The approaching of Mother’s Day brought memories of my aunt who just passed away in January. She had suffered from Alzheimer’s for the last two decades, an ugly disease that took her mind away little by little right in front of our eyes.

I grew up in Aunt’s home since I was about three till I went to college. Other than Grandma, Aunt was as close to a mother figure as anyone could be. She was a dedicated teacher who rose up the ranks and eventually held a senior position in the school district. When I was little, she would look me in the eye and ask, “Who is your mother?” I’d point to her with a smile on my face, which always made her giggle happily. Whatever treats she got from work, Aunt would bring them home for her three children, my sister and me to share.

One day, I was running outside with the other kids when Aunt came back from work. She took my hand and led me home for dinner.

“Oh, my goodness! You are burning hot.” Aunt put her hand on my forehead.
It turned out I had a 104 degree fever. Aunt took me to see a doctor immediately.

Aunt was a lively and outgoing person by nature, but decades of being sandwiched between her mother and husband Yan took its toll on her. Whenever conflicts erupted, Aunt would weep silently. After her older daughter got married, Aunt would go live with her for a few days and threaten to divorce Yan for hurting her mother. But they always ended up getting back together.

Now that I think about it, Grandma didn’t have to live with Aunt and Yan. There was a little room under my parents’ name that was unoccupied most of the time. But the attachment between Grandma and Aunt was so strong that kicking her mother out was simply not an option.

In the early 1990s when Joe and I lived in Long Island, NY, I started to get disturbing news that Aunt was getting so forgetful that she couldn’t find her way home sometimes. I went to see her whenever I was in Shanghai. In the beginning, there was some eye contact, which I’d like to take as a sign that she recognized me. As I sat there and chat with Yan, tears would roll down Aunt’s cheeks. It always made me sad. At the back of my mind, I wondered if Yan was treating his wife well now that she was totally dependent on the man whom she had tried to break away from numerous times.

The downward spiral was unstoppable. The eye contact disappeared along with the tears. Aunt’s physical deterioration was even more disturbing: her cheekbones bulged, her eyes sunk in, she shrank quite a bit, and needed help with anything from going to the toilet to eating. When I saw her last October, she was in a vegetative state, fed through a tube. Because Aunt had been immobile for a very long time, her body had stiffened into a sitting position, with one leg crossing over the other. I couldn’t help but wondering if she could have stated her mind, what choices would she have made for herself?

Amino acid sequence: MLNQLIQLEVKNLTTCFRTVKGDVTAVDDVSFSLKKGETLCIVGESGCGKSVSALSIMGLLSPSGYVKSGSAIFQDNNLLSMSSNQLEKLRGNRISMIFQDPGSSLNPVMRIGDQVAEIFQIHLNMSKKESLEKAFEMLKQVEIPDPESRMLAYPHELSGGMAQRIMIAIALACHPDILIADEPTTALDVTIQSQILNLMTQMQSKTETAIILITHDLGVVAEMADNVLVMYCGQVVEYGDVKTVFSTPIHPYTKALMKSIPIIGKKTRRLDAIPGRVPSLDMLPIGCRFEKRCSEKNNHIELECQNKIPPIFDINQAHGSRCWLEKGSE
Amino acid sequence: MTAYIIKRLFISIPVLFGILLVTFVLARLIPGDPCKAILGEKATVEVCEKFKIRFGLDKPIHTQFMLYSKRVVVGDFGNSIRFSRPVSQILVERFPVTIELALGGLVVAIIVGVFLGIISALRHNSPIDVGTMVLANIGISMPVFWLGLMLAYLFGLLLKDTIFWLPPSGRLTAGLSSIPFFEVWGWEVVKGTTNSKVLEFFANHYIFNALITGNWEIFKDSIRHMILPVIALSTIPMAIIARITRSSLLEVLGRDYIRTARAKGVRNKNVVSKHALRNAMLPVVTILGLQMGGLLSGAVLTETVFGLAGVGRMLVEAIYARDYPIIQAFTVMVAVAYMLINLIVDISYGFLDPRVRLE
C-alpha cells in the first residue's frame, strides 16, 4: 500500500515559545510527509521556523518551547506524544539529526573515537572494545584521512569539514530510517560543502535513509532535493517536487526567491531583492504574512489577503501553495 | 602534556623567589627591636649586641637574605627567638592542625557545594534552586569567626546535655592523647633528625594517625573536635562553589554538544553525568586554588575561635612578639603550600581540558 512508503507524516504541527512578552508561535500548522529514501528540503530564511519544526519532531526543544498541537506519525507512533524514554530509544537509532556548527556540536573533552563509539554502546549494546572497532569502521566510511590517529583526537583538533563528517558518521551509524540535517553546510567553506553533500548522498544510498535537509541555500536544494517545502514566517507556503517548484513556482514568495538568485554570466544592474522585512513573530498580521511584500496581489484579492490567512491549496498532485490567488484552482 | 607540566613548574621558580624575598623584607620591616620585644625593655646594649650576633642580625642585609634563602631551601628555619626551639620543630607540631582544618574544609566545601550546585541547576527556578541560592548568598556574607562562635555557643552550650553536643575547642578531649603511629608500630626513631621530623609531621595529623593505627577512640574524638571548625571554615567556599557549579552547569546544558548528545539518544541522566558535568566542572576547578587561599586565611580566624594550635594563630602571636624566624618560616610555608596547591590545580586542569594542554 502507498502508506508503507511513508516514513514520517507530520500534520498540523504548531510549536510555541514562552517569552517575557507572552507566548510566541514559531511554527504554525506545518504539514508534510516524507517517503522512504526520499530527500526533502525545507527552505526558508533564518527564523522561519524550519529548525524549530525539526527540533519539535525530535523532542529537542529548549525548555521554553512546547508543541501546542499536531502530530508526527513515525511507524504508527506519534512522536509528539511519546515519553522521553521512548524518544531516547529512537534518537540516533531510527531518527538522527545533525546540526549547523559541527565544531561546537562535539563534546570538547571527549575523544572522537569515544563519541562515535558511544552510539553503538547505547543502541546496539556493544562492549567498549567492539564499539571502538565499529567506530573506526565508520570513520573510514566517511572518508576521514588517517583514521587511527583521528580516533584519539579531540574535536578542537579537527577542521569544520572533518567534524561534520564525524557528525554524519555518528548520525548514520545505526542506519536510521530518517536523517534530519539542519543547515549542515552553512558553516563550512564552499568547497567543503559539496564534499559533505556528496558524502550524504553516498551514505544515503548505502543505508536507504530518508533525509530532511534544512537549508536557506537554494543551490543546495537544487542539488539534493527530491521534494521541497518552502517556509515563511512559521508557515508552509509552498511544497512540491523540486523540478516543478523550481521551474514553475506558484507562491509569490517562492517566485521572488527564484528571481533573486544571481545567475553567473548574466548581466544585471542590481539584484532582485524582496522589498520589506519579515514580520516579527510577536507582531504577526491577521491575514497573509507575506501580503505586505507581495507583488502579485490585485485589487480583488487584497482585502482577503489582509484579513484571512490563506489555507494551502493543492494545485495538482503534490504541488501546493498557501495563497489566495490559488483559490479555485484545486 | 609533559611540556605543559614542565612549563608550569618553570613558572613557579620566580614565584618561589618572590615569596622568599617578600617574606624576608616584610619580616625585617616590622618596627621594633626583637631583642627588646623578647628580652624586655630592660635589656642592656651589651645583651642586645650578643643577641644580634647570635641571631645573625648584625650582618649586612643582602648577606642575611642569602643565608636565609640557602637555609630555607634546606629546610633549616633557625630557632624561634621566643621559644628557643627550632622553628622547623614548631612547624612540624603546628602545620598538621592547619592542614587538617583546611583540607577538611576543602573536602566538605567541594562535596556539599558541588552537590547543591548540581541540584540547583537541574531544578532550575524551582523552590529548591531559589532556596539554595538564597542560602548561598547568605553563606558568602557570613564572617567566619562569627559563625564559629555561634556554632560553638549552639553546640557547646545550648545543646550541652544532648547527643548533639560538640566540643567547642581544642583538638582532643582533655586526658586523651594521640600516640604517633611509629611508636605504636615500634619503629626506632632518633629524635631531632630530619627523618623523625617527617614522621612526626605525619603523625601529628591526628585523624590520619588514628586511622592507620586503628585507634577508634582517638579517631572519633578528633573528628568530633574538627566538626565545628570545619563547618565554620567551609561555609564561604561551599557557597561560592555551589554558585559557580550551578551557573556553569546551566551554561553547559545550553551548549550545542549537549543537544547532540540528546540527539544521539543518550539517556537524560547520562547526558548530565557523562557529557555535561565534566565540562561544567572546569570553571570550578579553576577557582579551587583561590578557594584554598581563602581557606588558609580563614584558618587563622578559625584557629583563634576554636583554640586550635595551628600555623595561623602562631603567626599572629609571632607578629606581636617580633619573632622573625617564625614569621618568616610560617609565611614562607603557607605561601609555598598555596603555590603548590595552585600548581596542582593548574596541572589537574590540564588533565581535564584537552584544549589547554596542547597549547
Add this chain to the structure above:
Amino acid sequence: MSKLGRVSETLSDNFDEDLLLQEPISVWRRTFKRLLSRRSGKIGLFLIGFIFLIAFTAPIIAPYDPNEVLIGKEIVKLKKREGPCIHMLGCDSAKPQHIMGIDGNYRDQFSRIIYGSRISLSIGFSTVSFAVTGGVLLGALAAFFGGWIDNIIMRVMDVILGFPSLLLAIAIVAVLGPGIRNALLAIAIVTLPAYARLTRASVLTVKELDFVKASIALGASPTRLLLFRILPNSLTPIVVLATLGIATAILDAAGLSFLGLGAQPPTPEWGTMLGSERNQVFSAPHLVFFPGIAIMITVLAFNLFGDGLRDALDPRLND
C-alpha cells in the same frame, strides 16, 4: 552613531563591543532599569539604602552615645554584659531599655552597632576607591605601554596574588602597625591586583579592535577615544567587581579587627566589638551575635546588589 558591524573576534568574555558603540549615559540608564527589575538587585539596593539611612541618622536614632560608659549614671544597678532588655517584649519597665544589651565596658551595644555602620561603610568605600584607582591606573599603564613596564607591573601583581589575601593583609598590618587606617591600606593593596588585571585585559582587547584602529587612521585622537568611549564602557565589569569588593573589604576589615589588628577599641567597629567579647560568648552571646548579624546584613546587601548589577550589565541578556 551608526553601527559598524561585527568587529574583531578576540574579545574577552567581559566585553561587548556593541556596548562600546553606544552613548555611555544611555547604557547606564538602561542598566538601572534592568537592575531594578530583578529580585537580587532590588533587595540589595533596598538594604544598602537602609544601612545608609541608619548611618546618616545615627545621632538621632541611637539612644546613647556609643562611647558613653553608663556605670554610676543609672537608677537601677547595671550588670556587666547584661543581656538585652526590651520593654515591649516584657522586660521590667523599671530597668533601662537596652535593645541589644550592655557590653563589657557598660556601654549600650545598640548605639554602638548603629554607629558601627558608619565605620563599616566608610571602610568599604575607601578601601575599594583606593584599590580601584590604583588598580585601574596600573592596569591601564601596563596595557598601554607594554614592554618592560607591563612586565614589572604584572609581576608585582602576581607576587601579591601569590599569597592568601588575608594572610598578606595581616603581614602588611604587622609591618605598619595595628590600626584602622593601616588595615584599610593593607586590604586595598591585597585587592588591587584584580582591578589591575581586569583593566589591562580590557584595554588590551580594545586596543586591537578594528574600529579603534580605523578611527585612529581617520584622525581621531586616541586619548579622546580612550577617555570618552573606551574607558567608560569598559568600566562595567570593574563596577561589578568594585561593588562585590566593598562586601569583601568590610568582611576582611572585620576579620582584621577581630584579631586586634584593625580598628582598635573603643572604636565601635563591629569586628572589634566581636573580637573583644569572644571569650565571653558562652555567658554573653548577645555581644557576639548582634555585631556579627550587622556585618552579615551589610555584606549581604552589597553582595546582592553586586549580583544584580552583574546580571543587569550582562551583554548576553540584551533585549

Watching how Yan was feeding her, cleaning her, talking to her, and trying everything in his power to keep her alive, I was finally convinced that he had been a loyal husband and good caregiver. Doing this consistently for twenty years requires a lot of love, patience and endurance.

Today thirty-five million people suffer from Alzheimer’s globally, and the number is expected to double by 2030. If you are one of those who choose to be ready in case the monster gets you in spite of all the rights things you do for yourself such as stay on a good diet, exercise and remain positive, you need to pick hobbies that require the use of your hands. When Alzheimer’s hits and your brain stops running the show, it will get increasingly difficult to carry a conversation, read or write. However your hands are still going to remember the things they are familiar with like knitting or making paper birds. Medical experts believe that by keeping busy with the hands, the downward spiral can actually be slowed. Exercise for the purpose of improving balance and muscle strength will keep you mobile longer after your brain gives up due to loss of neurons and synapses in the cerebral cortex and certain subcortical regions.

At the end of the day, I believe it was Aunt’s loving heart that made her husband and family want to keep her around for as long as they could. I will always remember her kindness, generosity and the sacrifice she made to keep her version of the family together. I hope there will be cure for Alzheimer’s in the near future so that millions like Aunt can find their way back to life and their loved ones.